“The main challenge of the build was the timeframe; the schedule exploded. It was an expectations versus reality situation. It wasn’t until I took ownership of the build as project manager that the build took on any real momentum. I should have got stuck in with my sleeves rolled up earlier, but I thought I wouldn’t need to do that. It turns out I did.”
“Sourcing good quality fit out items was another challenge. I had to source things from the UK, to buy most of the fundamental things like door handles, sinks, showers and so on. Luckily, we finished before Brexit came into force. I don’t know how we could have done that in today’s trading environment.”
“We have lots of really mature forestry around us. This borrowed landscaping is the backdrop to our garden, which is quite an unstructured, natural style. We don’t have beds, we’ve let nature take over a bit more. I put a pond in for local wildlife and we’ve planted fruit trees,” says David.
“Lisa’s parents’ back garden looks onto our back garden, so we didn’t want to overly formalise the boundary. We erected a post and rail fence and planted a copper beach hedge to create a soft border. We have a gate in between the gardens so we keep that connection between us.”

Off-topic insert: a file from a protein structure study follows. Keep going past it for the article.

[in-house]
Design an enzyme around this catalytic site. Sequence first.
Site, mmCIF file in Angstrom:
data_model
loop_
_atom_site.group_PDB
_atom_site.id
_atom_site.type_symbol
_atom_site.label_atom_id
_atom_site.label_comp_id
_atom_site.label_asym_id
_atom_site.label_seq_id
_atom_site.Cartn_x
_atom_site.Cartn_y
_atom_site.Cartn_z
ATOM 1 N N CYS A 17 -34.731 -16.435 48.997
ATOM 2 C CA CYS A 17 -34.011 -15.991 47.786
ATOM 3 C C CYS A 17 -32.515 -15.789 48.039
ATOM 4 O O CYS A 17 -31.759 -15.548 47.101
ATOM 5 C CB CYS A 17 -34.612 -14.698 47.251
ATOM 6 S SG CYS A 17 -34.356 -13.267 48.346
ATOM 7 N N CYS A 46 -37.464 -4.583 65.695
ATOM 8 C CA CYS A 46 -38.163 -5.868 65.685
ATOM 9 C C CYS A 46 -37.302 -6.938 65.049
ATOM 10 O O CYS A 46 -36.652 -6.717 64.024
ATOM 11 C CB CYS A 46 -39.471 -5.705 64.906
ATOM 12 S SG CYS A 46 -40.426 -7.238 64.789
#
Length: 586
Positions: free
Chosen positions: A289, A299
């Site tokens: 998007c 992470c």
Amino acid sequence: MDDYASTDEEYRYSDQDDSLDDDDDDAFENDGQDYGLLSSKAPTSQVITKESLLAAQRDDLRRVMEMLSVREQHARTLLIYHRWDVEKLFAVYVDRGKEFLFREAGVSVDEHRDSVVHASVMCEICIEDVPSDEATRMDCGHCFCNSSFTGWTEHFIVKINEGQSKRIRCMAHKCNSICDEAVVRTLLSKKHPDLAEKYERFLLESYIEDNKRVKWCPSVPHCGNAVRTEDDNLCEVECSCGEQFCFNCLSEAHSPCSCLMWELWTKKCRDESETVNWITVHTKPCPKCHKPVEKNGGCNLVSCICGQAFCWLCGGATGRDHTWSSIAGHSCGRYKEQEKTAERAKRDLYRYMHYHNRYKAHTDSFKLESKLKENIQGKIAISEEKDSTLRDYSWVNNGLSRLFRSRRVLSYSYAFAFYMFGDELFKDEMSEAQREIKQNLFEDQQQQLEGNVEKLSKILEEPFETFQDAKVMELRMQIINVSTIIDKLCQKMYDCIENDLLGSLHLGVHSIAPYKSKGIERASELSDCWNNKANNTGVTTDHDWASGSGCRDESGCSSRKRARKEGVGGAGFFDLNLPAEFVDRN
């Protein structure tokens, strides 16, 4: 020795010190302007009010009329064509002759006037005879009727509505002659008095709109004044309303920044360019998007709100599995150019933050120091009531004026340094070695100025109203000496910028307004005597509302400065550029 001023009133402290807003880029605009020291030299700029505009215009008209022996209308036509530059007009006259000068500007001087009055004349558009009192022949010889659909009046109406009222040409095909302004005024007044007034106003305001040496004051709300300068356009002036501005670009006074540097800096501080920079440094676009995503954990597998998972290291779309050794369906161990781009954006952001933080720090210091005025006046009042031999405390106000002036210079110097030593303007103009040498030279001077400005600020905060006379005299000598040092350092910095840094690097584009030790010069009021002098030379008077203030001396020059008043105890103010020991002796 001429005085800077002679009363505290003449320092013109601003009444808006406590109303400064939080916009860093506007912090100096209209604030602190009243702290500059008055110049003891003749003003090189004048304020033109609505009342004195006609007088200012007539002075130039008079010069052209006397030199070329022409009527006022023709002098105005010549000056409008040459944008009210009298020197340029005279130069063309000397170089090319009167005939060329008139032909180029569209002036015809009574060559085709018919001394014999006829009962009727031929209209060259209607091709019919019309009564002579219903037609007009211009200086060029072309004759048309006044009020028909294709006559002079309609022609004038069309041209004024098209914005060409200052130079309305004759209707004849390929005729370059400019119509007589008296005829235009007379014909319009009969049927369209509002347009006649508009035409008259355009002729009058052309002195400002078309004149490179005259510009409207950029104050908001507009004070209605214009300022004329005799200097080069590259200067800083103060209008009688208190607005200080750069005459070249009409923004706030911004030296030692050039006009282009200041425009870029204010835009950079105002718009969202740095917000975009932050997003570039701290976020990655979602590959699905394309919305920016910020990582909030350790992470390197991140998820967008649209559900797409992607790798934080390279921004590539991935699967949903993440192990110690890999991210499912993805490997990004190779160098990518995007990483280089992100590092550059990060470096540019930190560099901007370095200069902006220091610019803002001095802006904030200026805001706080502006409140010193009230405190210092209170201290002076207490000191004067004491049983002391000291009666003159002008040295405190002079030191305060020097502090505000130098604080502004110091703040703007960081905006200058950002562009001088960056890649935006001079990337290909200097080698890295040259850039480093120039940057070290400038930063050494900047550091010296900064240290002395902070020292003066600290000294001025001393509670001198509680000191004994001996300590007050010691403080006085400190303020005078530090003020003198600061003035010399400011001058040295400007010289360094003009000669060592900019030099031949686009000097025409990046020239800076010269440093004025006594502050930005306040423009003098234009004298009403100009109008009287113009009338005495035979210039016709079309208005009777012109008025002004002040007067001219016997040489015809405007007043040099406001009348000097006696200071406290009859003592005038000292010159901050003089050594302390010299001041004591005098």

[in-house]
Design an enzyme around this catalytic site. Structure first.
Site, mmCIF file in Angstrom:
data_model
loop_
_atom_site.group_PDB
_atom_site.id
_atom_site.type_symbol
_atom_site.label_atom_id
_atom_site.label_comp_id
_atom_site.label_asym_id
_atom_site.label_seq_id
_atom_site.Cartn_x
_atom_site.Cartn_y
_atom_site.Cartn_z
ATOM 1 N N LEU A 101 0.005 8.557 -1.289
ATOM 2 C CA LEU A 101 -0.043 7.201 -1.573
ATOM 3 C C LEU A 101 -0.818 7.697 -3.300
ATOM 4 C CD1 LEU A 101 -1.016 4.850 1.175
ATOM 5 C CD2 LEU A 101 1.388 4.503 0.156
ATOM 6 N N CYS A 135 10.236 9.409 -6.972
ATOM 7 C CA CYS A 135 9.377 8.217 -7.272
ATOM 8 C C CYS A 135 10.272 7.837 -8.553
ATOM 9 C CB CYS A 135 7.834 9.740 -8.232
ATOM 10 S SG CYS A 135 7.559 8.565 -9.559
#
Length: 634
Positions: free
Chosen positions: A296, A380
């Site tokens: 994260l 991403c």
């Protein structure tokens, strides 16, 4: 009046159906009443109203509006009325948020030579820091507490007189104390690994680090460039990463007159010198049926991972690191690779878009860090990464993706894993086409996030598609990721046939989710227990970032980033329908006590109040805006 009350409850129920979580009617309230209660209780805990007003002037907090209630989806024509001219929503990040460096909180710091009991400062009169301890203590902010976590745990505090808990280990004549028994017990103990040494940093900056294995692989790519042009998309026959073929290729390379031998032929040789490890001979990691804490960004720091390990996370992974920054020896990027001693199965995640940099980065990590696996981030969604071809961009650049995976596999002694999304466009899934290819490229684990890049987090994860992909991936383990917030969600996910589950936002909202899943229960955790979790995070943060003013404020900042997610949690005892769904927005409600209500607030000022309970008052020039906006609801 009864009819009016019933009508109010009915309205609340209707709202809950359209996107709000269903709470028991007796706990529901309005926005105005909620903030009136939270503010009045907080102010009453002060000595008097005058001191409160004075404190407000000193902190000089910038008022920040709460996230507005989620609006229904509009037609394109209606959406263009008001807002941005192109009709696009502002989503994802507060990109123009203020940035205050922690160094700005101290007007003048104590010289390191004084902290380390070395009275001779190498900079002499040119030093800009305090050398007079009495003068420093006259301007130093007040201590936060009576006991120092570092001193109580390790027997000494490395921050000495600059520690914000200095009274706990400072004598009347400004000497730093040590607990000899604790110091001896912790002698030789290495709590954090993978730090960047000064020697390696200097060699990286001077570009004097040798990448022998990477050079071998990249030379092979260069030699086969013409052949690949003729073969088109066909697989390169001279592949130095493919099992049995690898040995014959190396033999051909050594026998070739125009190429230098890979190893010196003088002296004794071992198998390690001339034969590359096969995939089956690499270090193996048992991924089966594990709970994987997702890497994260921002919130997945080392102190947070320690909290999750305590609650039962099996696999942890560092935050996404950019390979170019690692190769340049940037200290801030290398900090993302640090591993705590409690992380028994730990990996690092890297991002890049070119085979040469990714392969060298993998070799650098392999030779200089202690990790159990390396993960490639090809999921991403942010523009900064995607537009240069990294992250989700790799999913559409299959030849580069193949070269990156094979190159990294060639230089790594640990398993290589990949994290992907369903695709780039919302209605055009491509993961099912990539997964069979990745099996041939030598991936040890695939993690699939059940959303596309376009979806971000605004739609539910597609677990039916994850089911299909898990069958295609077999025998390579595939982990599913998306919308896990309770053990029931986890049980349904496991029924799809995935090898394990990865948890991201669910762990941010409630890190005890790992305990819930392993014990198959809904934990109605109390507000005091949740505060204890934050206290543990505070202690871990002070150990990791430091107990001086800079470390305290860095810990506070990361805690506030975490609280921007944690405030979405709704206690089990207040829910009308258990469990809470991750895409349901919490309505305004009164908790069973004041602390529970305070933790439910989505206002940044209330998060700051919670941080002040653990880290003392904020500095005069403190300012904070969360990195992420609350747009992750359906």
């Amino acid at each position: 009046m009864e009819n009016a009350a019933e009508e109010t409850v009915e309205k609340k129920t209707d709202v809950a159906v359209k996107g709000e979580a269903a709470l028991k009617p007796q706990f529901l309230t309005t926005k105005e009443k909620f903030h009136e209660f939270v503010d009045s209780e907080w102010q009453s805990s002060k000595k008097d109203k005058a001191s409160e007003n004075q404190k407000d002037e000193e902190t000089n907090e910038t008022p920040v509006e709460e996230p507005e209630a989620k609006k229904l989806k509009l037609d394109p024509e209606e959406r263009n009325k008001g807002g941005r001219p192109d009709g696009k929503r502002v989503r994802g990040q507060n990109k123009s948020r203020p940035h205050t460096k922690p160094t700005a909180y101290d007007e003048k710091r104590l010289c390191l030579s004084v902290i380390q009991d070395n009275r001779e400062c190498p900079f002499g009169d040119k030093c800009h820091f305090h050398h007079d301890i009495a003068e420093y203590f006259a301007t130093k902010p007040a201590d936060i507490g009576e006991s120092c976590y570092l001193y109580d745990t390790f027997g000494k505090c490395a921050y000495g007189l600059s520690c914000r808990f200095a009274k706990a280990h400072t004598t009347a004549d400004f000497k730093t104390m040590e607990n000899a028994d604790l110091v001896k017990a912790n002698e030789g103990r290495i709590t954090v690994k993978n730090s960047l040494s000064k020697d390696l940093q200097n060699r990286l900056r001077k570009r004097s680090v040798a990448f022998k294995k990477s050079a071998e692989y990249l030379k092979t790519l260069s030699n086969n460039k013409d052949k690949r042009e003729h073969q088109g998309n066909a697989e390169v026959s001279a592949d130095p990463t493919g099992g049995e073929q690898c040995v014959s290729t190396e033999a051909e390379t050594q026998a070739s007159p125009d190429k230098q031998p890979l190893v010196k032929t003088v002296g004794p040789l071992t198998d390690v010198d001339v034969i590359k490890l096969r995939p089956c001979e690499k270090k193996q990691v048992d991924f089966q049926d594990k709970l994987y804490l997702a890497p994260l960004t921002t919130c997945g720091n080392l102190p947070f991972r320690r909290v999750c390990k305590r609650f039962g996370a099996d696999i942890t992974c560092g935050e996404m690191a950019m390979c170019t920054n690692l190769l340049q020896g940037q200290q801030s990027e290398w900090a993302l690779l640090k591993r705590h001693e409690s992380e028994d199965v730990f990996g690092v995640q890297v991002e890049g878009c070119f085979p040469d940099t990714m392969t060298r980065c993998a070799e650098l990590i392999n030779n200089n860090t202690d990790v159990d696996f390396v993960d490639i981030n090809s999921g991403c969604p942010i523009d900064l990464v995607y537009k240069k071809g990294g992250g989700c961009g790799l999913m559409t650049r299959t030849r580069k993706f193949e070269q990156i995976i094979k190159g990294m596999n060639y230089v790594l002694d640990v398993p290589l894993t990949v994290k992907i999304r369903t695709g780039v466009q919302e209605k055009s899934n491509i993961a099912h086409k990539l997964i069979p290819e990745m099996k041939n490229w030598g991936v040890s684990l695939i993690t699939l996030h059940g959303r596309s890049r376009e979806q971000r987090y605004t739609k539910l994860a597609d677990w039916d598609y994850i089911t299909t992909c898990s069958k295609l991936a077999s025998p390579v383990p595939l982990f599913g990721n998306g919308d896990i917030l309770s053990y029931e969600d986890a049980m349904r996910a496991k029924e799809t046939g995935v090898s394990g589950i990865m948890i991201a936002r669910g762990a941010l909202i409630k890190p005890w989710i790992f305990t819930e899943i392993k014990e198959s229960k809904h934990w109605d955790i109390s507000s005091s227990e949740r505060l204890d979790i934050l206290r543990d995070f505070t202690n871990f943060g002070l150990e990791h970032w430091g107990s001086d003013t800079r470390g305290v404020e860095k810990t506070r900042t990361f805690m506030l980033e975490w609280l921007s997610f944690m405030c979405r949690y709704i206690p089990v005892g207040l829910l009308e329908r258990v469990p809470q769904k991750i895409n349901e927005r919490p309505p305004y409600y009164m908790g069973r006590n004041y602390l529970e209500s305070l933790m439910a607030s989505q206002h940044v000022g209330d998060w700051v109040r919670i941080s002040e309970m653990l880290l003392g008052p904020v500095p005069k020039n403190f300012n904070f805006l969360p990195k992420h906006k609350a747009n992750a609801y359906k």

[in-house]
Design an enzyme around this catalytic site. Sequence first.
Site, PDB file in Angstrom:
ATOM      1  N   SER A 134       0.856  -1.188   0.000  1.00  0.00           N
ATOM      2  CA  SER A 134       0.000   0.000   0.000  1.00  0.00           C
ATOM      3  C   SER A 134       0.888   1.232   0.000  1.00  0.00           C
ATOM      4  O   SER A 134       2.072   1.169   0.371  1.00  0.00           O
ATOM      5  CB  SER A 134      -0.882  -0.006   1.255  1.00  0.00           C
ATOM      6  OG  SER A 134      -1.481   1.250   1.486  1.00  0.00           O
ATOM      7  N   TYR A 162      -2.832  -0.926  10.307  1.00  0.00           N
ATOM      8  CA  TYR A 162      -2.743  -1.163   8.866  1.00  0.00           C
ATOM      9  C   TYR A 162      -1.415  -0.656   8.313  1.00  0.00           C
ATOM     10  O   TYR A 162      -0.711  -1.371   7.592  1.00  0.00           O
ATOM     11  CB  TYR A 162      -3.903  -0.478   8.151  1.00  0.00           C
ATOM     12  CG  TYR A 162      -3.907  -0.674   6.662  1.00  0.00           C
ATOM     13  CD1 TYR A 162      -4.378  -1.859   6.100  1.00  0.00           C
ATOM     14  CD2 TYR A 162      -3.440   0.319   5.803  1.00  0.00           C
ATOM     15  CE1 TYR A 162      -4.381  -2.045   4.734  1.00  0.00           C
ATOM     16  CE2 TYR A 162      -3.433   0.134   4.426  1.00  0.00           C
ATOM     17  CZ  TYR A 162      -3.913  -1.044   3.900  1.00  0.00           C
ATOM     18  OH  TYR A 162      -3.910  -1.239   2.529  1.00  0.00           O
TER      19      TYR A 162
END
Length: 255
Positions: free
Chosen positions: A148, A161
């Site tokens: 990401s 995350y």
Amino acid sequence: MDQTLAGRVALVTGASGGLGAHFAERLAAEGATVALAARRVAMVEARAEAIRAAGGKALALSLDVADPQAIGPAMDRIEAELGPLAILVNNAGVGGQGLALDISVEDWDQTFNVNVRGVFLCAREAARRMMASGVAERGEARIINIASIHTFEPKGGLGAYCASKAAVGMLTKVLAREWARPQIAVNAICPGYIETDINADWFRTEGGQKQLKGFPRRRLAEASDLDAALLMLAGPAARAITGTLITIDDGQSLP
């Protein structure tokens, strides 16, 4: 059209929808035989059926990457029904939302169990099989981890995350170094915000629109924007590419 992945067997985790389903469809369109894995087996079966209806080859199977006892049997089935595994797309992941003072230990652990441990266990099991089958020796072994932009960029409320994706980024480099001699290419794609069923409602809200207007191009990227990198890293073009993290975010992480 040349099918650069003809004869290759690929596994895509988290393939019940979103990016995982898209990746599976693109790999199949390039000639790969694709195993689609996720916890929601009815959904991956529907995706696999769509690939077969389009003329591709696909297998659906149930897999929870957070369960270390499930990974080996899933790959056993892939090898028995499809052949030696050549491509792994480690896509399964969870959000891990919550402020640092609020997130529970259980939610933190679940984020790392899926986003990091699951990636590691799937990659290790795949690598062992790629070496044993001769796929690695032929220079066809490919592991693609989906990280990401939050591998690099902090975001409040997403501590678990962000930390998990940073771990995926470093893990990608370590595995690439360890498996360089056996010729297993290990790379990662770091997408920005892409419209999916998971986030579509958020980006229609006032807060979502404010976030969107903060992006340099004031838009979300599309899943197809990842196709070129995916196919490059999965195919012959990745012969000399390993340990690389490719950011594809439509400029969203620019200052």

“Lisa’s parents have been amazing throughout the process. Without their involvement, it wouldn’t have happened. They were involved at a granular level, and they kept us going.”
“Now that it’s finished, I think they absolutely love it. There was a point during the build where they probably weren’t too sure how this big, grey, dirty cement box was going to turn out like. But overall, now that it’s finished, I think they really like the style of it.”
“We put a lot of thought into making this house work for us, and we haven’t been disappointed. However, there was a sense of an anticlimax when we first moved in, which surprised us. I was expecting to feel happier, get more of an explosion of emotion. It was all very subdued.”
“I suppose it was a two year build, and right up to the big day we had a huge snag list which dampened the sense of excitement. What we didn’t realise was the longer we lived in it, the better it became. The payoff is a long game – there’s no instant gratification. Every day it just keeps getting nicer. It’s a mad, slow reward.”
Q&A with David
What is your favourite room? Biggest splurge?
My favourite room, weirdly enough, is our ensuite bathroom. I just love the drama of the bottle green tile and the contrasting white grout. The glass roof above the shower makes it feel like you’re showering under warm rain. The room has a calm, boutique hotel vibe.